How to Become a Genetic Counselor

Career Overview of Genetic Counselors

Scientist holding DNA gel in front of samples for testing in laboratory
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Genetic counselors are like the fortune tellers of the healthcare world. However, these prophetic medical professionals do not rely upon a crystal ball or tarot cards. Instead, genetic counselors analyze the genetic make-up of patients to determine their risk of a number of health issues that are inherited, or carried in one's genes. A genetic disorder is one that is inherited or passed on from parents to their children or grandchildren through the genetic code.

The genetic expertise of these highly specialized counselors enables them to identify current and future genetic maladies, conditions and issues in patients, and, if applicable, those of their patients' unborn children as well. 

As genetic technology and knowledge increases, so does the role of genetic counselors. The more genes that are isolated and identified, the more disorders and diseases genetic counselors will be able to foresee and diagnose for patients and their children, by analyzing their genetic components. For example, various types of cancer genes, such as the one for breast cancer, have been identified so that one's risk can be assessed based on whether or not one carries the specific breast cancer gene in one's genes. Additionally, prospective parents who have genetic disorders in the family may want to consult a genetic counselor before getting pregnant, to determine the risk of passing on a disease to a child.

As part of the counseling process, genetic counselors will meet with the patient and discuss their health background and family history, as well as the purpose of the visit, and the need for the genetic testing being sought by the patient. Once the testing is complete, the counselor will analyze the results and meet with the patient again to discuss the risks identified by the test, as well as the options available to the patient moving forward.

Job Outlook for Genetic Counselors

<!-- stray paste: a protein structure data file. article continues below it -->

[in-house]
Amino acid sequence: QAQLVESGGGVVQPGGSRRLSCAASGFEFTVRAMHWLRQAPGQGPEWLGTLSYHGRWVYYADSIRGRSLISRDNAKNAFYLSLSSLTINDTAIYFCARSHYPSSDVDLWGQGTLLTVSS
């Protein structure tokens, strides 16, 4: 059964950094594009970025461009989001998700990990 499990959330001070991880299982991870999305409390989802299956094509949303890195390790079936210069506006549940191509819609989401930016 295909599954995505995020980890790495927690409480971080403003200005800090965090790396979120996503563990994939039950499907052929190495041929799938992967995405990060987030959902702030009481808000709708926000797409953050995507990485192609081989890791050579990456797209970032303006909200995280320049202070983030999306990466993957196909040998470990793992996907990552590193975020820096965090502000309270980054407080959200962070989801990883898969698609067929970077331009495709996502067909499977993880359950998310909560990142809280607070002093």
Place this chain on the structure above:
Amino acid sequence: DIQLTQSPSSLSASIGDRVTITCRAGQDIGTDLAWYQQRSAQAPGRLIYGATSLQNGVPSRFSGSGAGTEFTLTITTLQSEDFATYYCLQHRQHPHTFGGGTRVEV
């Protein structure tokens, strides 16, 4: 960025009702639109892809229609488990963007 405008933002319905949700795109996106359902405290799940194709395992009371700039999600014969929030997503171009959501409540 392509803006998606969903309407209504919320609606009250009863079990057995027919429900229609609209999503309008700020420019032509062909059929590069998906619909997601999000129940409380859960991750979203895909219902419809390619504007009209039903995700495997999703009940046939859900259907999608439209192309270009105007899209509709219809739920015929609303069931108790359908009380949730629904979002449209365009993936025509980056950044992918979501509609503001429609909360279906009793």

The field of genetic counseling is relatively small, with only 3,100 practicing in the United States as of 2016, the most recent data available, according to the Bureau of Labor Statistics.

However, the field is expected to grow by 28 percent, according to the Bureau of Labor Statistics, which is a pace considered to be "faster than average," and constitutes the addition of about 900 new genetic counseling jobs to be added between 2016 and 2026.

According to the BLS, hospitals and health systems employ the most genetic counselors (33%) and medical offices the second most, at 20 percent.

Degree Requirements, Licenses, and Certifications for Genetic Counselors

A career in genetic counseling requires a Master's degree in genetic counseling or the field of genetics. The master's program must be accredited by the Accreditation Council for Genetic Counseling, according to the BLS.

The degree program includes classroom teaching and clinical rotations. Subjects and skills such as public health, epidemiology, and biology are studied, with an emphasis in genetics. 

Fewer than half of states in the United States currently require a license, but many others are in the process of passing laws to require licenses.

If a license is required, typically a certification is needed to obtain the license. A certification for genetic counseling is offered by the American Board of Genetic Counseling. As always, check with your state's board to confirm requirements for working as a genetic counselor in your area.

Due to the sensitive nature of the information that genetic counselors are discussing with patients, counselors must have excellent communication skills, and be very compassionate in their communication as well.

Salary Data for Genetic Counselors

Median annual salary (mid-point) is $74,120, according to the BLS, as of 2016.

The top 10 percent of genetic counselors earned upwards of $104,770 per year, however. Hospitals and medical offices typically pay slightly more than academic or government employers.

About 75 percent of genetic counselors work in one of three traditional areas of the field: prenatal, cancer, and pediatric, according to the BLS. Newer, less common areas of specialization include cardiovascular health, psychiatry, and neurogenetics.

Source:

Bureau of Labor Statistics, U.S. Department of Labor, Occupational Outlook Handbook, 2016-17 Edition, Genetic Counselors.

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